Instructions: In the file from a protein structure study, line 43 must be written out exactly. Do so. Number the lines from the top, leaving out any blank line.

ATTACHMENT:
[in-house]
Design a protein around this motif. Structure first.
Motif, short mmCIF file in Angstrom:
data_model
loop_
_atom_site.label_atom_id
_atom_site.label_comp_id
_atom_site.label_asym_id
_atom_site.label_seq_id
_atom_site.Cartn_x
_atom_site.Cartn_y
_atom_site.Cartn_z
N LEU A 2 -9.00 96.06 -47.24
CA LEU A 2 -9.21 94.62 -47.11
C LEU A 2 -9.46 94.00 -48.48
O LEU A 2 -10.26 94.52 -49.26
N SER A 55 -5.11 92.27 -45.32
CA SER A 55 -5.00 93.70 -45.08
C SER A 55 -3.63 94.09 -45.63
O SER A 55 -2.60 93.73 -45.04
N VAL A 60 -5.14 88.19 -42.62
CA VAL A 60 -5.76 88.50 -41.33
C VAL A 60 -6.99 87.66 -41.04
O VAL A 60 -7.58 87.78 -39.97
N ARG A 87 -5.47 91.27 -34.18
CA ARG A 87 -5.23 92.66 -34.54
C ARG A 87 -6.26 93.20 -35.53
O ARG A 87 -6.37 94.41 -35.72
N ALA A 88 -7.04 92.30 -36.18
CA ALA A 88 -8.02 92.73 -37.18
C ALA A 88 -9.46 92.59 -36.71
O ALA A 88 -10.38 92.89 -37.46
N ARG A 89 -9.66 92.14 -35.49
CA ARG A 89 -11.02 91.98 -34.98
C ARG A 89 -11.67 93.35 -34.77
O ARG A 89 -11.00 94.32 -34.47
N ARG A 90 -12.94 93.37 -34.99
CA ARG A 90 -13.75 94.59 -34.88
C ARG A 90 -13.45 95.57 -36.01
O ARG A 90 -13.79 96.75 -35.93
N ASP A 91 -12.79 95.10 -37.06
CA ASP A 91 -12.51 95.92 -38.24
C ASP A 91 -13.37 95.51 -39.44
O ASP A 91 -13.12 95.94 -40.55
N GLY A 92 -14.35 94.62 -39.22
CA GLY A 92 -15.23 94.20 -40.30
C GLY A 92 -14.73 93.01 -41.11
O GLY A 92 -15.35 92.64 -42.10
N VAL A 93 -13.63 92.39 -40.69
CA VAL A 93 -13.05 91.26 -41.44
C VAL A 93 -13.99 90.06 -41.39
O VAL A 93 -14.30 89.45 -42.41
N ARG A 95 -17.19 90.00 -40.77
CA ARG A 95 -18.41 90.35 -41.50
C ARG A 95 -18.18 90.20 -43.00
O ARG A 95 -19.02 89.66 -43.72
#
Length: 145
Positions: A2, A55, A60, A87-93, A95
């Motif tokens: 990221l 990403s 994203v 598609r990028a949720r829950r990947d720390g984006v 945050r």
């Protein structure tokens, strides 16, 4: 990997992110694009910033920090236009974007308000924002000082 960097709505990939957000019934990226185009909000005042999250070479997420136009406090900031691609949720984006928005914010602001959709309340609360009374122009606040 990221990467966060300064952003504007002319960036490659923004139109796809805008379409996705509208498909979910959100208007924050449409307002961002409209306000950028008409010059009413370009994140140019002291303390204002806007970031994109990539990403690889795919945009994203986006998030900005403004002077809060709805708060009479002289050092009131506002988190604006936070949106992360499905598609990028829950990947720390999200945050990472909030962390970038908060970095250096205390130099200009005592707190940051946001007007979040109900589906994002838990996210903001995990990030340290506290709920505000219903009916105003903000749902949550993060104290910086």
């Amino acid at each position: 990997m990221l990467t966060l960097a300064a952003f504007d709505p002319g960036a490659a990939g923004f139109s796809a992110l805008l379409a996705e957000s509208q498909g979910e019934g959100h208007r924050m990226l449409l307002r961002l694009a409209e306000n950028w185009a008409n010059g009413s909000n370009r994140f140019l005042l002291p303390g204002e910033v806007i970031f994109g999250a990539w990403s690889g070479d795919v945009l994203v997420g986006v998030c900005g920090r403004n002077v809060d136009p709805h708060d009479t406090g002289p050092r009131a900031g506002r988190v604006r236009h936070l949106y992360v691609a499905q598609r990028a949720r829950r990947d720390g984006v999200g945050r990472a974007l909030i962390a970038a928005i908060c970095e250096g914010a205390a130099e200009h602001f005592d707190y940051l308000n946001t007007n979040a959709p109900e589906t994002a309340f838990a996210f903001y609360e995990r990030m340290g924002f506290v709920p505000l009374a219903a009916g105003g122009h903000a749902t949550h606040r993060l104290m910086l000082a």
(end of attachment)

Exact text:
C ASP A 91 -13.37 95.51 -39.44